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Head First 2D Geometry by Dawn Griffiths, Stray

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Each of these
rows contains
the number
2, so tha
t's a
common f
ac
tor.
All the lengths are
H
ALF the size of
the 10-8-6 ramp.
number
s tell
y
ou wha
t the
lengths of sides
on y
our sca
led
ramp will be.
10
6
the pythagorean theorem
Any good jump has some similar scaled cousins
When you scale the ramp—making it bigger or smaller—none
of the angles change, so it stays a good ramp with a right angle.
To find whole number lengths for the smaller-scaled sizes, look
for a common factor in your current lengths. That’s easiest to do
by using a set of factor trees.
8
Use factor trees to find whole-number miniatures
Factor Tree Factor Tree Factor Tree
10 = 2 x 5
10 8 6
2 5 2 4 2 3
T
he other
5
3
4
What’s the next largest ramp you can build that is similar to the
10-8-6 design?
you are here 4 121
sharpen solution
What’s the next largest ramp you can build that is similar to the
10-8-6 design?
The lengths 15, 12, and 9 have the same ratios as
10-8-6 and as 5-4-3.
5 x 3 = 15
4 x 3 = 12
3 x 3 = 9
10 x 1.5 = 15
8 x 1.5 = 12
6 x 1.5 = 9
It doesn’t ma
tter whether y
ou
used the or
iginal ramp or the
mini ver
sion to do y
our sca
ling—
i
t w
orks out jus
t the same!
15
12
9
Q:
What if I wanted a ramp even smaller? Can I just keep
doing more factor trees?
A:The Kwik-klik units don’t come in half sizes—there isn’t a 1.5
length, so you’d quickly run out of parts, but assuming you weren’t
just talking about building it with the kit parts, you still only need
to do your factor trees until one of the numbers on the bottom is a
prime number—that means it can’t be divided by anything except
itself and one. Then to make a really small ramp you’d multiply
those factors by a fraction.
Q:
How can we skate on a 2D ramp? Isn’t this gonna be
more like a rail that you can slide on?
A:What we’re actually representing is the side of the ramp.
There would be two of these side triangles the same, with a panel
connected to the sloping beam on each triangle. This is a 3D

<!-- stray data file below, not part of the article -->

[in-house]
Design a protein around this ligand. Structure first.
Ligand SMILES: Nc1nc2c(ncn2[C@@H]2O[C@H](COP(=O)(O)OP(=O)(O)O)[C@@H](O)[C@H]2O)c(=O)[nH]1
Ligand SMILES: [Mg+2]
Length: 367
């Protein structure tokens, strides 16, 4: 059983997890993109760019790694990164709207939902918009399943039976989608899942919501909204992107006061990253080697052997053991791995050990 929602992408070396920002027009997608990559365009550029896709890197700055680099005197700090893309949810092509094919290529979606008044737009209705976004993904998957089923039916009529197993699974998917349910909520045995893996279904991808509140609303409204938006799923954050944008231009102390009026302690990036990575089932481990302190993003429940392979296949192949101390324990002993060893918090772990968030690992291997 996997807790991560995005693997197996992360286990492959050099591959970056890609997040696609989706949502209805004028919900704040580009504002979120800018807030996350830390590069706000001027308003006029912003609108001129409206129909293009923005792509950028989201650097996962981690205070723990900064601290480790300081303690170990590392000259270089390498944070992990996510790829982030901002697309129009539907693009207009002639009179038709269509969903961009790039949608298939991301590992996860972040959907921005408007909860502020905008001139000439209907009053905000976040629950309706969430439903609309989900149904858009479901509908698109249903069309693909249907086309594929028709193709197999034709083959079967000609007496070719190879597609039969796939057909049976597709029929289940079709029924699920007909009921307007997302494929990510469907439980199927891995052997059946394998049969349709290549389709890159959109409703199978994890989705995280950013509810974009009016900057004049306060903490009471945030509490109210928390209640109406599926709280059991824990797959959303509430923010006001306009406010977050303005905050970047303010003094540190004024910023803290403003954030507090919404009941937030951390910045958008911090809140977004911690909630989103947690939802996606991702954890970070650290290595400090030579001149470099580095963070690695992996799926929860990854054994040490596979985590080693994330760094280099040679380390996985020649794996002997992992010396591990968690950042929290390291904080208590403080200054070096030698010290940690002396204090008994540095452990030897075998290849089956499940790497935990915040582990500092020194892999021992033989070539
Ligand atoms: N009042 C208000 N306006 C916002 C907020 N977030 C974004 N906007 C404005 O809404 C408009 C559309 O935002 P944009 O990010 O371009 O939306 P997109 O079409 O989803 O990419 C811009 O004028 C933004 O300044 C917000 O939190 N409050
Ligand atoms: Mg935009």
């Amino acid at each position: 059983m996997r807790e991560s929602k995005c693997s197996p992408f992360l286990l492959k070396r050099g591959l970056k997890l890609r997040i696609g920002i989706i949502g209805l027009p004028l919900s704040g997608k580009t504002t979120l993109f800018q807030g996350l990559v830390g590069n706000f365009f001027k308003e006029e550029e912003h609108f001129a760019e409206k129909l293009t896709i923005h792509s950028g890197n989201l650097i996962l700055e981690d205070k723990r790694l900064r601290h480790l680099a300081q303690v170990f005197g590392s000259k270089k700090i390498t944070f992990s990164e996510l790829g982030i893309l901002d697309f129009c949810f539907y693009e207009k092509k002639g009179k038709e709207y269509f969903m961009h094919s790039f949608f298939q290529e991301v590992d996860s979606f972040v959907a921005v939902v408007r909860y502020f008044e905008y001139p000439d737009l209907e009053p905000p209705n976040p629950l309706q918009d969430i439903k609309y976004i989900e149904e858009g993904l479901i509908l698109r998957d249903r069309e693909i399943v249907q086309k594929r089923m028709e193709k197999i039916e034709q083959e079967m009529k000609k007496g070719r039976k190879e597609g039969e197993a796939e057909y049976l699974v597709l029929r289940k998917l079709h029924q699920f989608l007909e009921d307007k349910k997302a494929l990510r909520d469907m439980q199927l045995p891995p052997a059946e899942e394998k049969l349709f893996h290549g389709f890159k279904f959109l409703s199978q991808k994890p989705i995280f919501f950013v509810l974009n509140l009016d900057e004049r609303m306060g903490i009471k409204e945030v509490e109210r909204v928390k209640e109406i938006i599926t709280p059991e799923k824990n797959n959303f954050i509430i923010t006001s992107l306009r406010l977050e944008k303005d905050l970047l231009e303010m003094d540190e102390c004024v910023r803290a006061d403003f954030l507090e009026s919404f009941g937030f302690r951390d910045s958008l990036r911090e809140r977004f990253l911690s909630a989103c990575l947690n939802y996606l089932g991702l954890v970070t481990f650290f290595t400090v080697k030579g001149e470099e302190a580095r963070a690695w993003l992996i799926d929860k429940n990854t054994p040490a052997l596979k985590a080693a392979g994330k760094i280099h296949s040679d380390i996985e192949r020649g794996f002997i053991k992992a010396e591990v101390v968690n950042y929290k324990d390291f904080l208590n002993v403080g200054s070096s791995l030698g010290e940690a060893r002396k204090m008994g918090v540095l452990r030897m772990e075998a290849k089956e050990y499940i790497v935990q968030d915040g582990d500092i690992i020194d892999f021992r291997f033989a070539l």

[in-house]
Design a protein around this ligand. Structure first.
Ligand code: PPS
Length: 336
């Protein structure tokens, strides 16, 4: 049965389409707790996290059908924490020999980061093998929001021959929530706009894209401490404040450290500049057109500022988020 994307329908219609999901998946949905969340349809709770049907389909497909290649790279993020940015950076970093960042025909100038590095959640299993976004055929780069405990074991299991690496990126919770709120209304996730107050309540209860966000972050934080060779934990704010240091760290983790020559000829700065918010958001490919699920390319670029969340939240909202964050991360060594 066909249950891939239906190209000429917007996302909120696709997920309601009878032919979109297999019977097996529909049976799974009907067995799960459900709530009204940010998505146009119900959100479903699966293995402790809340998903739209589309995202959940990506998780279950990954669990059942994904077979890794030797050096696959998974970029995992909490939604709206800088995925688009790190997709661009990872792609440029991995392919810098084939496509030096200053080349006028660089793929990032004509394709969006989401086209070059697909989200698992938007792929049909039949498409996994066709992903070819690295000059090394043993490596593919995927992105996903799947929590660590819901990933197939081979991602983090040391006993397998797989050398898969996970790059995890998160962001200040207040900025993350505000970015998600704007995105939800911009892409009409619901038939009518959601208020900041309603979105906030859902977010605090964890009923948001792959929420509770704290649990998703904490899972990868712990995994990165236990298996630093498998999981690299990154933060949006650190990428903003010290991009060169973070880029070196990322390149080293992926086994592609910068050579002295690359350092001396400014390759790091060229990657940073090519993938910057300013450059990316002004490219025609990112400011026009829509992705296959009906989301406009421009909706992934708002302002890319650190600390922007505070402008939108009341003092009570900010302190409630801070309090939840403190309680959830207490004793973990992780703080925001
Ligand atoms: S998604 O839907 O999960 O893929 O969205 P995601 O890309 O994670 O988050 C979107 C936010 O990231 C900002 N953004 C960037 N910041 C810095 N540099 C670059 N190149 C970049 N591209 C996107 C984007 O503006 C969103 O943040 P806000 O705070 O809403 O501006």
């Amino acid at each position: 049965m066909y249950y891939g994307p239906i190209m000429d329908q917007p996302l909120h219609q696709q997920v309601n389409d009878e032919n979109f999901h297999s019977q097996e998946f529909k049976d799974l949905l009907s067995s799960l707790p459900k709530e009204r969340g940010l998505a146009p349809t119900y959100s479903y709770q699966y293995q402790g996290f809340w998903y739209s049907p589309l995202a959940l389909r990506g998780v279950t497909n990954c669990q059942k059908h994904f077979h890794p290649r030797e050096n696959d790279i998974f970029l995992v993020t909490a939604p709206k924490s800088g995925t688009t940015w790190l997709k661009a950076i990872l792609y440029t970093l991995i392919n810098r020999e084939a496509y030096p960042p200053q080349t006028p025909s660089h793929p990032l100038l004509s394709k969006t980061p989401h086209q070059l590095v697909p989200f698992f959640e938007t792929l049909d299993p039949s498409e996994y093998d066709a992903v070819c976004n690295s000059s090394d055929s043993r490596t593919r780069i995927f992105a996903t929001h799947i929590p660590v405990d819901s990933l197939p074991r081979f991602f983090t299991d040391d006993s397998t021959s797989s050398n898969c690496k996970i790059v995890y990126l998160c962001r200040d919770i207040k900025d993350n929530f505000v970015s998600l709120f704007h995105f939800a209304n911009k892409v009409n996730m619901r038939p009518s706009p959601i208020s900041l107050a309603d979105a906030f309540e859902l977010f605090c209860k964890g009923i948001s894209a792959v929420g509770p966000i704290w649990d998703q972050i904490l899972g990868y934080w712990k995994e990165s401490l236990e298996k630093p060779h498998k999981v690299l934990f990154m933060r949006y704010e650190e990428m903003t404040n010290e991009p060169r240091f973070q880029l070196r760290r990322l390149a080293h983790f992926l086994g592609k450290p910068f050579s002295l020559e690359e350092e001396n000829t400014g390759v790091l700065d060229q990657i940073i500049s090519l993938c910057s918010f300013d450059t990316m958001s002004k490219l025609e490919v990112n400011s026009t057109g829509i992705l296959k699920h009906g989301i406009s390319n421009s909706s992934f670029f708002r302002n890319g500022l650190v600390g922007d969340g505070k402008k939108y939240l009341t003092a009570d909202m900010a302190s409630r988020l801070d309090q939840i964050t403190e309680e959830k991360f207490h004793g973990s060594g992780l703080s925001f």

problem which has a 2D solution.
If you’re interested in exploring 3D problems further, come and
catch up with Sam in Head First 3D Geometry.
122 Chapter 3
W
ha
t the jumps
ac
tua
ll
y look like
in 3D
the pythagorean theorem
Kwik-Klik tips for easy right angles
Select lengths so that:
Longest side
2
= shortest side
2
+ middle side
2
Longest side
Middle side
Shortest
side
So how do we know which sets of ratios
can give us a right triangle? The dude at the
store gave me this slip of paper with some
odd stuff on it—tips for building right angles
or something.... I didn’t really pay it any
attention—what do you think it means?
you are here 4 123
study hall conversation
Kwik-Klik tips for easy right angles
Select lengths so that:
Longest side
2
= shortest side
2
+ middle side
2
Longest side
Middle side
Shortest
side
Well, it looks like
complete gibberish to me.
No wonder she didn’t pay
attention to it.
Frank: But it must mean something. I mean, nobody goes to
the trouble of writing something down unless it’s useful.
Jim: True. But how would you use it? And why would
squaring the side lengths have anything to do with the angle of
the triangle?
Joe: Oh…those twos are for squaring! Yeah—no way that
would work.
Frank: OK, don’t freak out, but if you just try it, like for the
3-4-5 ramp design…it works out perfect.
Jim: What? Are you sure you got your numbers right?
Frank: Yeah—I’m sure. Longest side is 5, and 5 squared is 25.
Shortest side is 3, and 3 squared is 9, and the middle side is 4,
and 4 squared is 16. So—add up the middle and shortest sides
squared—9 plus 16—and you get.…
Joe: 25. The same as the square of the longest side. That has
got to be a coincidence.
Frank: There’s only one way to find out—let’s check the
others.…
Frank
Jim
Joe
124 Chapter 3

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